The Manitoba Government could turn to the military for help as it struggles with staffing shortages, overcrowding, and in some cases, temporary closures of emergency rooms.
A lack of staff is creating a bottleneck in the healthcare system. It’s a problem so severe that Premier Heather Stefanson isn’t ruling out asking for military assistance.
“We will continue to assess the situation through [Emergency Management Office], and if it’s necessary, we will take action,” Stefanson said at a news conference Tuesday.
The Manitoba Nurses’ Union said the current situation inside emergency rooms is fuelling burnout and driving nurses to leave their jobs. It said in some cases, patients are being put in break rooms and hallways to help clear the emergency room.
“We spend all day every day apologizing,” said Darlene Jackson, the union’s president. “Apologizing to patients because we haven’t had time to get to them as quickly as they deserve because when you add more patients, they are not adding more nurses.”
According to Jackson, there are about 2,500 vacancies in Manitoba affecting all corners of the province.
On Friday, Pine Falls Health Complex was forced to temporarily close its emergency department due to a lack of staff.
Health Minister Audrey Gordon said fixing the issue is a top priority.
“We are committed to working with those communities to get those emergency departments reopen, to staffing them,” said Gordon.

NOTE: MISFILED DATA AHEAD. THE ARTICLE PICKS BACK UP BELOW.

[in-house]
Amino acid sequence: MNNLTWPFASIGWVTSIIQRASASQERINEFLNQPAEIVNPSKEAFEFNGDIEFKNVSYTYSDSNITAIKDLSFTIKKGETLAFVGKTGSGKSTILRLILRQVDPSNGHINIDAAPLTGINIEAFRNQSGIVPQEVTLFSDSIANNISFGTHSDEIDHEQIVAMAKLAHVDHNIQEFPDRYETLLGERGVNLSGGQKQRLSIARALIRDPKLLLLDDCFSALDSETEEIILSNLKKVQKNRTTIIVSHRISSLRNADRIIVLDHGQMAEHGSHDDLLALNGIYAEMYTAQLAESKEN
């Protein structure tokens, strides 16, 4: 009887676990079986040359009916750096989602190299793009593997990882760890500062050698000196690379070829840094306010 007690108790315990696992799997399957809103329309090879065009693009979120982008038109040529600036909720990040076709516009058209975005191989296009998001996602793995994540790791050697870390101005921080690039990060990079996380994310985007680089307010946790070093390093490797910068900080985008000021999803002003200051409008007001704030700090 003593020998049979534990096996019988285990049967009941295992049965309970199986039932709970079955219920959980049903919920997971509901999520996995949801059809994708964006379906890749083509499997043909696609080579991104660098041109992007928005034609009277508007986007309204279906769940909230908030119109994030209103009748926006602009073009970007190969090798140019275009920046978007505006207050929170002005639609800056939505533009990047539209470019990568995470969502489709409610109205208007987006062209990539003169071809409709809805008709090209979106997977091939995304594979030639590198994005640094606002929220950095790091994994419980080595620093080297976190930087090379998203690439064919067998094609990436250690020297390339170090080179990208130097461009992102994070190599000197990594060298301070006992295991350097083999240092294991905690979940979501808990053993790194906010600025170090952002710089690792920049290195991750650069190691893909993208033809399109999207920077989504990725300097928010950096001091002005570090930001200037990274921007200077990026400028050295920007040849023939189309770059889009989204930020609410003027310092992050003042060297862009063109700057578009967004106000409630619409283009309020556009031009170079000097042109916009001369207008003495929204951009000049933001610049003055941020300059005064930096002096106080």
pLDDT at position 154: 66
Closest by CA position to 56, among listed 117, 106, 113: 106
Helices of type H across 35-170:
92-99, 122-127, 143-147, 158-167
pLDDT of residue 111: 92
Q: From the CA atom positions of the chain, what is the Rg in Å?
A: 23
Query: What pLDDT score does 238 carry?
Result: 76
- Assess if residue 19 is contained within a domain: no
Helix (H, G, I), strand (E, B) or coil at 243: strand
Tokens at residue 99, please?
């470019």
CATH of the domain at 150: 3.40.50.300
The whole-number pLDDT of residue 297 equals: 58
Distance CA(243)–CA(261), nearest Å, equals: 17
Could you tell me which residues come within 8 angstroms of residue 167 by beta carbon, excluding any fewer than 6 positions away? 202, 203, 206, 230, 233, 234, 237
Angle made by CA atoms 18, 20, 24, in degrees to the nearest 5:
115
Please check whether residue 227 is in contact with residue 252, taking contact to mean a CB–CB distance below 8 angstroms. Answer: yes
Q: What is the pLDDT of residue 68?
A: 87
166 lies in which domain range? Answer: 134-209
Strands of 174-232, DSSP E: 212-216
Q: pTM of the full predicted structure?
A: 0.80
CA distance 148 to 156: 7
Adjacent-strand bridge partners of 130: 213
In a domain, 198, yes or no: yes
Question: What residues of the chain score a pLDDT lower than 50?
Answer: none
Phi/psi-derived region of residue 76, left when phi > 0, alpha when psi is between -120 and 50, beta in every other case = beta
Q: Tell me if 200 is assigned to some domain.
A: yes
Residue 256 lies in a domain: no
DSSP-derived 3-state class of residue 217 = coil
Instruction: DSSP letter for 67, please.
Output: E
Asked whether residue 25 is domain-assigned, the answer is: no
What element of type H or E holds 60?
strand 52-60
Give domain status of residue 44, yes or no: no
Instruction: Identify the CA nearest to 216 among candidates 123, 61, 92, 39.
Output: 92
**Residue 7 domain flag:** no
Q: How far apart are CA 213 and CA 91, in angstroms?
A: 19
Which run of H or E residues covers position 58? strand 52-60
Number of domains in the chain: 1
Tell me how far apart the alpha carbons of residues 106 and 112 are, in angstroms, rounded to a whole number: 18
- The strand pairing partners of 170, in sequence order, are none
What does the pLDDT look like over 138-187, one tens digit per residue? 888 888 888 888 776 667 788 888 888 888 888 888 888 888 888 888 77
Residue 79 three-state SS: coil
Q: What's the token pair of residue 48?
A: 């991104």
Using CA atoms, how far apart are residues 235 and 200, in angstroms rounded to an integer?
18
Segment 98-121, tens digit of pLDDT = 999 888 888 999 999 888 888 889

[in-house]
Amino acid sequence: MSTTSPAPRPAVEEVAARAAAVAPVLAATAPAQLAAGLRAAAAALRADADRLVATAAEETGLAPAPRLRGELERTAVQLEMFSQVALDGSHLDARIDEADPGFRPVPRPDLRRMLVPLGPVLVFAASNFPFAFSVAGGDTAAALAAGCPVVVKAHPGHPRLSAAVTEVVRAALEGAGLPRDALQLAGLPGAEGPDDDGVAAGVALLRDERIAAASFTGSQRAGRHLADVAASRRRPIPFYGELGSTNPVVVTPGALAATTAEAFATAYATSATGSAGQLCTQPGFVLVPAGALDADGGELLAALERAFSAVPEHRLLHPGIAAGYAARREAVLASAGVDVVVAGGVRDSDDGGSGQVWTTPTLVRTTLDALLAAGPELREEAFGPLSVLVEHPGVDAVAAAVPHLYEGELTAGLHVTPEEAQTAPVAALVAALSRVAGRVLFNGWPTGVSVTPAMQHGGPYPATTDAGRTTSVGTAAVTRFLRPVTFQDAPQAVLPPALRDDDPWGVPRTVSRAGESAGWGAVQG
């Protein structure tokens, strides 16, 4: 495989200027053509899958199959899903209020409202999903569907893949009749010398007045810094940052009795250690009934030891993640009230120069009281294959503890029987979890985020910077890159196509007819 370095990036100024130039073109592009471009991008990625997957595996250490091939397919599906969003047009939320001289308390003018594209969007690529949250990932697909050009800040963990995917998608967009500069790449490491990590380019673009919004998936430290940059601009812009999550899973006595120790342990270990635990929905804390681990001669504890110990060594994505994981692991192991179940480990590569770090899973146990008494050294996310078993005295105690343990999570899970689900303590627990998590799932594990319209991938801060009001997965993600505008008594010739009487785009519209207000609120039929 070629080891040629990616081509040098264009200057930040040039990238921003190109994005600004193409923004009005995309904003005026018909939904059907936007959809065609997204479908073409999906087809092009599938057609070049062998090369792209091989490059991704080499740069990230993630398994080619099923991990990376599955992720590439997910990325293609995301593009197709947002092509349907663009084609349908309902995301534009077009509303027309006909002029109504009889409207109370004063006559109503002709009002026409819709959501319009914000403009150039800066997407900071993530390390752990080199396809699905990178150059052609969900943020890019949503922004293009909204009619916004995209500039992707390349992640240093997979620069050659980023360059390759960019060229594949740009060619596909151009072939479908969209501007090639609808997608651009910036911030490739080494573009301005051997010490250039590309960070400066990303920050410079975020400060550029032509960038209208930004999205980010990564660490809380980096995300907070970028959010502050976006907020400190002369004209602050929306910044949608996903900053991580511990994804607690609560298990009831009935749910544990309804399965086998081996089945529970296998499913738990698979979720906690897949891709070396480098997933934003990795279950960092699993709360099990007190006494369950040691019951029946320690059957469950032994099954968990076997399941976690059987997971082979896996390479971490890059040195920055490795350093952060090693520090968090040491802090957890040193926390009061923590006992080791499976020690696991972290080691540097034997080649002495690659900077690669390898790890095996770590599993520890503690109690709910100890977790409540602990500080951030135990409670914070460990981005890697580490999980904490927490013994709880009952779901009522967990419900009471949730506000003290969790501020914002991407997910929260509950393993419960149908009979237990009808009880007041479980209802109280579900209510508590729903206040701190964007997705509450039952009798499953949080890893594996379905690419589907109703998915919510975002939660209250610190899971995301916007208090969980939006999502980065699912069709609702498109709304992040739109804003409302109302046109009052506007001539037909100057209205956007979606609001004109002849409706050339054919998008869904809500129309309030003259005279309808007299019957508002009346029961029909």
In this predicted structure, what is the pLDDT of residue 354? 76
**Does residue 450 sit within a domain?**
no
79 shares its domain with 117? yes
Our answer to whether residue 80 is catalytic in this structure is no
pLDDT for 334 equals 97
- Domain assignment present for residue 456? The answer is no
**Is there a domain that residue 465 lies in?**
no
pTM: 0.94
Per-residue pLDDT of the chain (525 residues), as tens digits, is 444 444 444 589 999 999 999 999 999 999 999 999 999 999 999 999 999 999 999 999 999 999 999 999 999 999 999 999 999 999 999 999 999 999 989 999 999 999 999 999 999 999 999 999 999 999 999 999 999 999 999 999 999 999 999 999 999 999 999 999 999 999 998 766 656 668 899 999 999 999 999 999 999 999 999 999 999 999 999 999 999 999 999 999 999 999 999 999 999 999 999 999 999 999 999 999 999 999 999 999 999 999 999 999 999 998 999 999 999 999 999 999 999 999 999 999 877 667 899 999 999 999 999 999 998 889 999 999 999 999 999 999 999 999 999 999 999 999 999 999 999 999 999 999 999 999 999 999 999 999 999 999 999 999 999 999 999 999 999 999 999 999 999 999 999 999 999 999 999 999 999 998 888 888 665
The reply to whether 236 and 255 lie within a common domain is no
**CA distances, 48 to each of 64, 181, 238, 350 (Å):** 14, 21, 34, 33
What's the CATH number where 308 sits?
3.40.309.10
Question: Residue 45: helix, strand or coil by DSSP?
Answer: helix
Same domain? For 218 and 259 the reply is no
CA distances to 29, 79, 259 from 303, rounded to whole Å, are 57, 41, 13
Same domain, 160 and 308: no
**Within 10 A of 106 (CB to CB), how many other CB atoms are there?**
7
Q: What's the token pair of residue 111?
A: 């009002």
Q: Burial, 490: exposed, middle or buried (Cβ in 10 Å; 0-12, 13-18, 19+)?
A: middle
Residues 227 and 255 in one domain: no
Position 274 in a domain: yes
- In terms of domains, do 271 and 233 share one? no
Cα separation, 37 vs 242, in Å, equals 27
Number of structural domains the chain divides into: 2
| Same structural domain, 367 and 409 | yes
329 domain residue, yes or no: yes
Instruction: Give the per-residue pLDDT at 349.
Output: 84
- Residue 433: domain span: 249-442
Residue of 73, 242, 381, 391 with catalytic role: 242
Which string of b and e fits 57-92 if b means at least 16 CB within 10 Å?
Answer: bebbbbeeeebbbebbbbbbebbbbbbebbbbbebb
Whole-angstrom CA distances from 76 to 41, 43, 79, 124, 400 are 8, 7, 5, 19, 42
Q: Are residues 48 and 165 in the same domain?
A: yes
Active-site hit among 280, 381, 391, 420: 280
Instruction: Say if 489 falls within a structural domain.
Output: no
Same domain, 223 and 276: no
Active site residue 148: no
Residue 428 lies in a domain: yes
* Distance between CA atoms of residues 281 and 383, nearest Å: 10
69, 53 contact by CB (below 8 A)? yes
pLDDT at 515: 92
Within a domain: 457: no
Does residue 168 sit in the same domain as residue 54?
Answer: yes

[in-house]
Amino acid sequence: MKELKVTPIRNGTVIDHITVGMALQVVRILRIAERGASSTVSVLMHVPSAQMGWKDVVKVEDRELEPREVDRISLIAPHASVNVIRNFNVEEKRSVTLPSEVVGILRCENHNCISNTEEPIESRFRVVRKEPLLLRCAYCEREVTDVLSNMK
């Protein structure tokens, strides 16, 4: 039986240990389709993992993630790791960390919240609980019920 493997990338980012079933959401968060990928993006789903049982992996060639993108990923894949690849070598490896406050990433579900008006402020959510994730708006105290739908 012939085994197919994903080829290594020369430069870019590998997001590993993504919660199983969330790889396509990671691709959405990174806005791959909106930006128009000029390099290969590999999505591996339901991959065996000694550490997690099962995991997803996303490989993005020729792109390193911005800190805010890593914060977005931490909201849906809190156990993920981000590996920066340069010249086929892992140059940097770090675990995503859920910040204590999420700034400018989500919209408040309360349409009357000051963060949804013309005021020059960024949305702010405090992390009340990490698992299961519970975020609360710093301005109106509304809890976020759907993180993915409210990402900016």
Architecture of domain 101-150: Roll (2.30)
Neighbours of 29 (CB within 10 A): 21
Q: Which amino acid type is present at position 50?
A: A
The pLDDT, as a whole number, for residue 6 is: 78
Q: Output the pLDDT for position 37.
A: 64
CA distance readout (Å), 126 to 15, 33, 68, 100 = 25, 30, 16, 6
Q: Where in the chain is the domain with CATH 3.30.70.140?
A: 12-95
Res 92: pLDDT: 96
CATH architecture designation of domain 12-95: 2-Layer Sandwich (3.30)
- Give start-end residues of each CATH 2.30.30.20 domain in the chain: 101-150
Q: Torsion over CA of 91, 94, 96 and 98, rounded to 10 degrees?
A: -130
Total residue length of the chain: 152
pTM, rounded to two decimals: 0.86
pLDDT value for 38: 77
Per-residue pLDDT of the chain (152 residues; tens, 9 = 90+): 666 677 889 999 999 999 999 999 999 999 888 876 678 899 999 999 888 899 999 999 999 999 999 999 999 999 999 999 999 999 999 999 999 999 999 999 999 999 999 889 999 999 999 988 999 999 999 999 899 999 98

She said the province is working to acquire, train and retain more nurses, and noted the province is actively meeting with frontline health leaders to come up with more solutions.
“We know that the system is under incredible pressures right now, and we are all around a table of solutions talking about how we can relieve those pressures,” she said.
In a statement to CTV News, Shared Health said current wait times are a concern to everyone in the healthcare system.
It noted patients requiring urgent care continue to be seen quickly, and all patients are triaged upon arrival.
The health provider said ambulances are taking lower-acuity patients to urgent care centres instead of emergency rooms and are implementing a physician-in-triage model of care to help alleviate the strain.
As these temporary fixes work to lessen the burden, the premier says the province is watching to see if more help is needed.
“It’s accessed on a day-by-day, an hour-by-hour basis throughout our entire system. We will continue to work closely with Shared Health to make sure we overcome some of those challenges,” Stefanson said.
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